Description:

Includes bibliographical references (p. [219]-228) and index.

About the Author

Philip C. C. Huang is Professor of History and founding Director of the Center for Chinese Studies at the University of California, Los Angeles. His most recent book is Civil Justice in China: Representation and Practice in the Qing (Stanford, 1996).

Table of Contents

1. Introduction; Part I. From Qing to Guomindang Law: 2. Civil law in the late Qing and the early republic: the revised Qing code; 3. Institutional and procedural changes in the late qing and the early republic; 4. The Guomindang civil code of 1929-30; Part II. Qing and Guomindang Civil Justice Compared: 5. Dian; 6. Topsoil ownership; 7. Debt; 8. Old-age support; 9. Women's choices under qing law: marriage and illicit sex; 10. Women's choices under Guomindang law: marriage, divorce, and adultery; 11. Conclusion; Appendix; References; Character list; Index.

Product Details

ISBN:
9780804741118
Author:
Huang, Philip C. C.
Publisher:
Stanford University Press
Author:
Huang, Philip
Location:
Stanford, Calif.
Subject:
General
Subject:
History
Subject:
Civil Procedure
Subject:
China
Subject:
Legal History
Subject:
Asia - China
Subject:
Renaissance
Subject:
Justice, administration of
Subject:
Civil law
Subject:
Justice, Administration of -- China -- History.
Subject:
Civil law -- China -- History.
Subject:
Law : General
Edition Number:
1
Edition Description:
1
Series:
Law, Society, and Culture in China (Paperback)
Series Volume:
v. 93
Publication Date:
20020431
Binding:
TRADE PAPER
Grade Level:
Professional and scholarly
Language:
English
Pages:
264
Dimensions:
9 x 6 in

Other books you might like

  1. A Wrinkle in Time
    Used Mass Market $3.50
  2. United We Stand Flying the American Flag Used Trade Paper $1.50
  3. In the Shadow of the Garrison State:... Used Trade Paper $18.95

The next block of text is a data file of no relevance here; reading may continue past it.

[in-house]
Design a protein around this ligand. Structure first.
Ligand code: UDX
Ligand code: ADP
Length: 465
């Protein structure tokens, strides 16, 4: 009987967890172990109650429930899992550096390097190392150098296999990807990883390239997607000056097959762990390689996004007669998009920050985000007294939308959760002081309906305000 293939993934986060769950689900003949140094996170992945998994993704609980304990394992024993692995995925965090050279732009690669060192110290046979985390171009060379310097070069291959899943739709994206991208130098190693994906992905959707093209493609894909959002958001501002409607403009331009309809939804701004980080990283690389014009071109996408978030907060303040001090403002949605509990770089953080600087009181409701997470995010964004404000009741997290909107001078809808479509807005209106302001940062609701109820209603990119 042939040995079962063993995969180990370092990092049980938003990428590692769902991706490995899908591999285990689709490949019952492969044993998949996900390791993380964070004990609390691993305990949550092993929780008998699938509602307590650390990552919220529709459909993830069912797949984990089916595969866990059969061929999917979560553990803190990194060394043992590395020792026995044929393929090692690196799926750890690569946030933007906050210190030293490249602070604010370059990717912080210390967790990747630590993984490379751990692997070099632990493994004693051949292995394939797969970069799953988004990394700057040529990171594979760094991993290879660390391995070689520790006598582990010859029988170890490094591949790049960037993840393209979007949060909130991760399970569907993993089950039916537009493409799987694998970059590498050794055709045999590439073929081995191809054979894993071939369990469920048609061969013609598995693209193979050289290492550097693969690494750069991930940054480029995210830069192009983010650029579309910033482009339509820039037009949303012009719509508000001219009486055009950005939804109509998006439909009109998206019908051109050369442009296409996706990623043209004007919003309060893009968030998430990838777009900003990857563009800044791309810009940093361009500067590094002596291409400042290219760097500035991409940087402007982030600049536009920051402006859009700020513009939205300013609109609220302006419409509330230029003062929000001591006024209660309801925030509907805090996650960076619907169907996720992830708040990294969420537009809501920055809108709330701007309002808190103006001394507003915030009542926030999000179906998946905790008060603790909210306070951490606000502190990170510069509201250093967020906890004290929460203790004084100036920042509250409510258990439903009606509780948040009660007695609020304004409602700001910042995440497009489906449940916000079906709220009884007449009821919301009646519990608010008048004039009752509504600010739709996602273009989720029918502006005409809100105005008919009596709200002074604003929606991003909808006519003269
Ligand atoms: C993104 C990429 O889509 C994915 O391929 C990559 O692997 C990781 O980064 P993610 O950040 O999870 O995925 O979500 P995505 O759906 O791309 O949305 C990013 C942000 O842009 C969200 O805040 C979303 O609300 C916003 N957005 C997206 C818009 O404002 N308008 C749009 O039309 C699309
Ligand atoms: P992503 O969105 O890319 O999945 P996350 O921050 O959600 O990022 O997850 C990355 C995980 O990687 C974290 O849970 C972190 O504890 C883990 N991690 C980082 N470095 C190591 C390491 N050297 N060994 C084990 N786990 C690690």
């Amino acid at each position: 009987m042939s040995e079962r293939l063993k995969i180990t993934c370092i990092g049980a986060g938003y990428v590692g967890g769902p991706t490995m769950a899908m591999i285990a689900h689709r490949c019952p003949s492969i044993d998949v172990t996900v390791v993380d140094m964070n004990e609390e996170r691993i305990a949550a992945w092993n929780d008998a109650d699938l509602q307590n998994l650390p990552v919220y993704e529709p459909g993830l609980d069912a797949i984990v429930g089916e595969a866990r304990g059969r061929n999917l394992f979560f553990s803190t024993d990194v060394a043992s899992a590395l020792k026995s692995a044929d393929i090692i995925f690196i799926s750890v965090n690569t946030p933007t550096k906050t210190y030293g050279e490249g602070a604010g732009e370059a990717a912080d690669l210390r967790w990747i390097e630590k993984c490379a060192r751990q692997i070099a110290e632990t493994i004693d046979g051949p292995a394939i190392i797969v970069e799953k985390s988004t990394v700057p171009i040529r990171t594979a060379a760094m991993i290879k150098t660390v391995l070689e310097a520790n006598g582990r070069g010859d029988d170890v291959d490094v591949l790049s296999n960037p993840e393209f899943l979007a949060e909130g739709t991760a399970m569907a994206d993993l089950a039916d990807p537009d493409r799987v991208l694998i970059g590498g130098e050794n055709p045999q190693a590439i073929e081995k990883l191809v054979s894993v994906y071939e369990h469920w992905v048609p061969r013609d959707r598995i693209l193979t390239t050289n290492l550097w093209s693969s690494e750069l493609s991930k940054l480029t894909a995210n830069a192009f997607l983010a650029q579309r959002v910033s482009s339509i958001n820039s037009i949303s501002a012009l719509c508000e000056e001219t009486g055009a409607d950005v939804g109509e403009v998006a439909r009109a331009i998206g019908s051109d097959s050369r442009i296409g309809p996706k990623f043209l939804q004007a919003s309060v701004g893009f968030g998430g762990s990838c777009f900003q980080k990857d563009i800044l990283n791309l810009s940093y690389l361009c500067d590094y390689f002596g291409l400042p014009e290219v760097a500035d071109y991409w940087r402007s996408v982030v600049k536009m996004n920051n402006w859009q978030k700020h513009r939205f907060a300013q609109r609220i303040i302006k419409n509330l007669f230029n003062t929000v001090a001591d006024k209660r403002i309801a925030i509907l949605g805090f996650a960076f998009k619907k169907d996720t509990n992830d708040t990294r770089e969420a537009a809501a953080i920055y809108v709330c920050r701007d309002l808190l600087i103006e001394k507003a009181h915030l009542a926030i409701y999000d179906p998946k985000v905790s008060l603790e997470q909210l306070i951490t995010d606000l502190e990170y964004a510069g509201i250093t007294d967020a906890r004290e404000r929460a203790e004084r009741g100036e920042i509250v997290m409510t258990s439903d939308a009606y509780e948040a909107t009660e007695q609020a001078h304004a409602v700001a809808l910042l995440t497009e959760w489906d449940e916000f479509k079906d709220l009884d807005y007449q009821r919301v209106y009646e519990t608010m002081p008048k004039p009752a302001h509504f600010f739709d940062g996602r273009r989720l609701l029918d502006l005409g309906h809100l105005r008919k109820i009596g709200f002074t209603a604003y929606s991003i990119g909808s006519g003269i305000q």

4. Abortion Before Birth Control: The... Used Trade Paper $9.95
  5. Gods of Egypt - Enhanced and... Used Hardcover $24.00

Related Subjects

History and Social Science » Law » General
History and Social Science » World History » China

Code, Custom, and Legal Practice in China: The Qing and the Republic Compared (Law, Society, and Culture in China) New Trade Paper
0 stars - 0 reviews
$30.25 In Stock
Product details 264 pages Stanford University Press - English 9780804741118 Reviews:
"Synopsis" by ,
What changes occurred and what remained the same in Chinese civil justice from the Qing to the Republic? Drawing on archival records of actual cases, this study provides a new understanding of late imperial and Republican Chinese law. It also casts a new light on Chinese law by emphasizing rural areas and by comparing the old and the new.
"Synopsis" by ,
“Huangs convincing work, at the vanguard of important changes in our vision of Chinese law, deserves wide readership and should be of interest to many types of readers.”—Canadian Journal of Law and Society

“[Code, Custom, and Legal Practice in China] will be of substantial interest to historians and legal scholars of modern China.”—American Historical Review

"Synopsis" by , Drawing on archival records of actual cases, this study provides a new understanding of late imperial and Republican Chinese law. It also casts a new light on Chinese law by emphasizing rural areas and by comparing the old and the new. The book asks the question: What changes occurred and what remained the same in Chinese civil justice from the Qing to the Republic? Civil justice is here interpreted to mean not only codified law but also actual legal practice. Since the consequences of court actions frequently differed from the code's intent, this book also addresses the question of how legal practice mediated between code and custom. It aims to track the developing history of the legal system and to discover what it meant in the lives of the Chinese people.
spacer
spacer
  • back to top
Follow us on...




Powell's City of Books is an independent bookstore in Portland, Oregon, that fills a whole city block with more than a million new, used, and out of print books. Shop those shelves — plus literally millions more books, DVDs, and gifts — here at Powells.com.